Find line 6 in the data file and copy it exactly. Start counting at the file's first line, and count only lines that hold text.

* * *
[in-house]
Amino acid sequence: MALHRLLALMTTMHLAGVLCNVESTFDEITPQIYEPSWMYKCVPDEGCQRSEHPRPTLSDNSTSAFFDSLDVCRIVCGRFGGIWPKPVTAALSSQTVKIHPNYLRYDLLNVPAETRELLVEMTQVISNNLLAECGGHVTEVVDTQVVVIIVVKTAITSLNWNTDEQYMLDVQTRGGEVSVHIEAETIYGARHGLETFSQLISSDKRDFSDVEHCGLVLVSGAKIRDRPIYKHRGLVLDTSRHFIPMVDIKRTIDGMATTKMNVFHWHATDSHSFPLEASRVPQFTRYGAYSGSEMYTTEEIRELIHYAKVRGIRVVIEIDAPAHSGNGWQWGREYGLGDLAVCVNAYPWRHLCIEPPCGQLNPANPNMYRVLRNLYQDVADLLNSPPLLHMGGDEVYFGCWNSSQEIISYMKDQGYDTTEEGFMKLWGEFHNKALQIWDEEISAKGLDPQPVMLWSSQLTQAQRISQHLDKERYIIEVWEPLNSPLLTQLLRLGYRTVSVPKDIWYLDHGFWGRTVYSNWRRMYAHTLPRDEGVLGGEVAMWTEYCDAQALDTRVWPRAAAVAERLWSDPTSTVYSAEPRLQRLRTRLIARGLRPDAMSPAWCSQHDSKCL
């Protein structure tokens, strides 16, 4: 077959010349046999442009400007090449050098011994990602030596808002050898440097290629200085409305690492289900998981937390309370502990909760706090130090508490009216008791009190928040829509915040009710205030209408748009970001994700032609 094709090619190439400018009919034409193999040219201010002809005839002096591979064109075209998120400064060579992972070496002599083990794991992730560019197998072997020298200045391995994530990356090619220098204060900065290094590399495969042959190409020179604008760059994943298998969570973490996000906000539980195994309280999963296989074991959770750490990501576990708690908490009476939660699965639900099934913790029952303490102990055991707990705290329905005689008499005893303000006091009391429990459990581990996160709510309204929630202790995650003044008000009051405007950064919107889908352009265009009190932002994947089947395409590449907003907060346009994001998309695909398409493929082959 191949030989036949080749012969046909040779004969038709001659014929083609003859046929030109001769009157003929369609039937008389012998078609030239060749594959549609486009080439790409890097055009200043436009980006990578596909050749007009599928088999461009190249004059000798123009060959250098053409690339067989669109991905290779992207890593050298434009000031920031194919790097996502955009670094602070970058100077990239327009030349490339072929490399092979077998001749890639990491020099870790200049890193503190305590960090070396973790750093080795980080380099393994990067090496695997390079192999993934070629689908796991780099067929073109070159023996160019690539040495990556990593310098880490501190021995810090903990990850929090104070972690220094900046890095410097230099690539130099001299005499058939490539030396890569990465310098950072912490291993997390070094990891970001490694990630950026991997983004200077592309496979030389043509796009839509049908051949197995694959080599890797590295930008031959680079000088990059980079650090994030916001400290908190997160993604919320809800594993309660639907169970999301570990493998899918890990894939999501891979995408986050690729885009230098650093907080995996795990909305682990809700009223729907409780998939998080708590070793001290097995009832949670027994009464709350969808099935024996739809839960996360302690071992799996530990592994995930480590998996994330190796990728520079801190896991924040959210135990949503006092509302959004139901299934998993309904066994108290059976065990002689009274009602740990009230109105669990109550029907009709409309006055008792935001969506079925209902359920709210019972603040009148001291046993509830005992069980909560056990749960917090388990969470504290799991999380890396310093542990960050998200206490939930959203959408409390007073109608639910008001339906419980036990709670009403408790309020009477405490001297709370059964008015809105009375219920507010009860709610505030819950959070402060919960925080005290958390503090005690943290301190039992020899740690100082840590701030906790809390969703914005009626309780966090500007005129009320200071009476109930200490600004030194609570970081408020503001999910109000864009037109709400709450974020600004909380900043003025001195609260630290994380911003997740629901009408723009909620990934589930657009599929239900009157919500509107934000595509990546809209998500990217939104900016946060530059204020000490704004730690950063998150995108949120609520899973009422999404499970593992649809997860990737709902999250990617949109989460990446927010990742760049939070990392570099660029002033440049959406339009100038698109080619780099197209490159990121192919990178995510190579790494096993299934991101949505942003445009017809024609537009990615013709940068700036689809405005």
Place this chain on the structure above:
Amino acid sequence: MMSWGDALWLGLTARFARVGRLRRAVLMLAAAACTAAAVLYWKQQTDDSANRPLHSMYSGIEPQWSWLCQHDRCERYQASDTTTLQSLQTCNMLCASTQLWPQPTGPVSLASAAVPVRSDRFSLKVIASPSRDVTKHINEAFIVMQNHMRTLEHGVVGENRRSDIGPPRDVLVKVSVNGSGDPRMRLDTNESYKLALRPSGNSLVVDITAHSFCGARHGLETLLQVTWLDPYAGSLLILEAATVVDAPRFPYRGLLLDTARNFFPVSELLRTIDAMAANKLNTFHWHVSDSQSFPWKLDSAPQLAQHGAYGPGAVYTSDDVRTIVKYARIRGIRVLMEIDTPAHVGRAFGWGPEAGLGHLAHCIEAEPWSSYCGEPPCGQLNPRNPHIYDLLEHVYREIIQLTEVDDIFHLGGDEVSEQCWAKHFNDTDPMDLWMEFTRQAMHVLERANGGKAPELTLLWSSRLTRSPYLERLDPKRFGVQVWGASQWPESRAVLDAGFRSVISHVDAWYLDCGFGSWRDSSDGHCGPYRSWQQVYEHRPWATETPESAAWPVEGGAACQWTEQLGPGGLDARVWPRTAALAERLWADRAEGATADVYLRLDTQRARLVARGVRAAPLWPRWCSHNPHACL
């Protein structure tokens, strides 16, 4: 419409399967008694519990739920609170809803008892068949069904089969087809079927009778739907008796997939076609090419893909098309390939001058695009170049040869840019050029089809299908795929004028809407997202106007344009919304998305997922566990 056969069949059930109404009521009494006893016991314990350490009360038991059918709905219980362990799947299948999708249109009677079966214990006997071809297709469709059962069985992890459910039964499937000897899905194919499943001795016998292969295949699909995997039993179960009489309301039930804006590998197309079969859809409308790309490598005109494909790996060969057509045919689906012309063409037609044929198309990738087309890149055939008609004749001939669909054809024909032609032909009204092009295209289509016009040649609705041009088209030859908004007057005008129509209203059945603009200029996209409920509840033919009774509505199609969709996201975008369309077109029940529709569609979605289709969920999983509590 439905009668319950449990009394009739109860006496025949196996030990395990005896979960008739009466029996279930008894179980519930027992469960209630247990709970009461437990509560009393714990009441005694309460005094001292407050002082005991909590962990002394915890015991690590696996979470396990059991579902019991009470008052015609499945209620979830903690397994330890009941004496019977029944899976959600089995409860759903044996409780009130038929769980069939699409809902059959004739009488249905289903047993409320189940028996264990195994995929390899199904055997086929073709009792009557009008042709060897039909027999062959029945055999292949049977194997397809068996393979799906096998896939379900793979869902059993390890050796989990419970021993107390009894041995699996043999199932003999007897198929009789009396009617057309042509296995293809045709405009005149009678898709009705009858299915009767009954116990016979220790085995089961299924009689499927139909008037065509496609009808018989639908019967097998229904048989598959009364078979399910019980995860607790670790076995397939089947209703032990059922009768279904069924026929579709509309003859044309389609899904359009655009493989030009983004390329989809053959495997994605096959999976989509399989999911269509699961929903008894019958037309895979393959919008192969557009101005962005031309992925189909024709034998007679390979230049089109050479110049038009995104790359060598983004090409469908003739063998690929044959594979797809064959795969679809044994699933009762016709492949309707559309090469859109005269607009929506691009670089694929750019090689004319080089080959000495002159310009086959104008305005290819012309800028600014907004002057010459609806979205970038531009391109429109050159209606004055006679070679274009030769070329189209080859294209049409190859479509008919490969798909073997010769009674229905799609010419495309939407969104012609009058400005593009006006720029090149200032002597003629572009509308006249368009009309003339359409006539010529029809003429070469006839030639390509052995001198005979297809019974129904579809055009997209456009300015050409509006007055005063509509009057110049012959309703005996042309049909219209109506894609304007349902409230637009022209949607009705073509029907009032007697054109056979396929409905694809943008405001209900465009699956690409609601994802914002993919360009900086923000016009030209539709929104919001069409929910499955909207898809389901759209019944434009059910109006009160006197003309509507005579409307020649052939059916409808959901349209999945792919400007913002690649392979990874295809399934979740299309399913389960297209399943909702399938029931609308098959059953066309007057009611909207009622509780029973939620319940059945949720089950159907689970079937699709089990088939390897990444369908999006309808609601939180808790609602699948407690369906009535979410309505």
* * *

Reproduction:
């Protein structure tokens, strides 16, 4: 419409399967008694519990739920609170809803008892068949069904089969087809079927009778739907008796997939076609090419893909098309390939001058695009170049040869840019050029089809299908795929004028809407997202106007344009919304998305997922566990 056969069949059930109404009521009494006893016991314990350490009360038991059918709905219980362990799947299948999708249109009677079966214990006997071809297709469709059962069985992890459910039964499937000897899905194919499943001795016998292969295949699909995997039993179960009489309301039930804006590998197309079969859809409308790309490598005109494909790996060969057509045919689906012309063409037609044929198309990738087309890149055939008609004749001939669909054809024909032609032909009204092009295209289509016009040649609705041009088209030859908004007057005008129509209203059945603009200029996209409920509840033919009774509505199609969709996201975008369309077109029940529709569609979605289709969920999983509590 439905009668319950449990009394009739109860006496025949196996030990395990005896979960008739009466029996279930008894179980519930027992469960209630247990709970009461437990509560009393714990009441005694309460005094001292407050002082005991909590962990002394915890015991690590696996979470396990059991579902019991009470008052015609499945209620979830903690397994330890009941004496019977029944899976959600089995409860759903044996409780009130038929769980069939699409809902059959004739009488249905289903047993409320189940028996264990195994995929390899199904055997086929073709009792009557009008042709060897039909027999062959029945055999292949049977194997397809068996393979799906096998896939379900793979869902059993390890050796989990419970021993107390009894041995699996043999199932003999007897198929009789009396009617057309042509296995293809045709405009005149009678898709009705009858299915009767009954116990016979220790085995089961299924009689499927139909008037065509496609009808018989639908019967097998229904048989598959009364078979399910019980995860607790670790076995397939089947209703032990059922009768279904069924026929579709509309003859044309389609899904359009655009493989030009983004390329989809053959495997994605096959999976989509399989999911269509699961929903008894019958037309895979393959919008192969557009101005962005031309992925189909024709034998007679390979230049089109050479110049038009995104790359060598983004090409469908003739063998690929044959594979797809064959795969679809044994699933009762016709492949309707559309090469859109005269607009929506691009670089694929750019090689004319080089080959000495002159310009086959104008305005290819012309800028600014907004002057010459609806979205970038531009391109429109050159209606004055006679070679274009030769070329189209080859294209049409190859479509008919490969798909073997010769009674229905799609010419495309939407969104012609009058400005593009006006720029090149200032002597003629572009509308006249368009009309003339359409006539010529029809003429070469006839030639390509052995001198005979297809019974129904579809055009997209456009300015050409509006007055005063509509009057110049012959309703005996042309049909219209109506894609304007349902409230637009022209949607009705073509029907009032007697054109056979396929409905694809943008405001209900465009699956690409609601994802914002993919360009900086923000016009030209539709929104919001069409929910499955909207898809389901759209019944434009059910109006009160006197003309509507005579409307020649052939059916409808959901349209999945792919400007913002690649392979990874295809399934979740299309399913389960297209399943909702399938029931609308098959059953066309007057009611909207009622509780029973939620319940059945949720089950159907689970079937699709089990088939390897990444369908999006309808609601939180808790609602699948407690369906009535979410309505």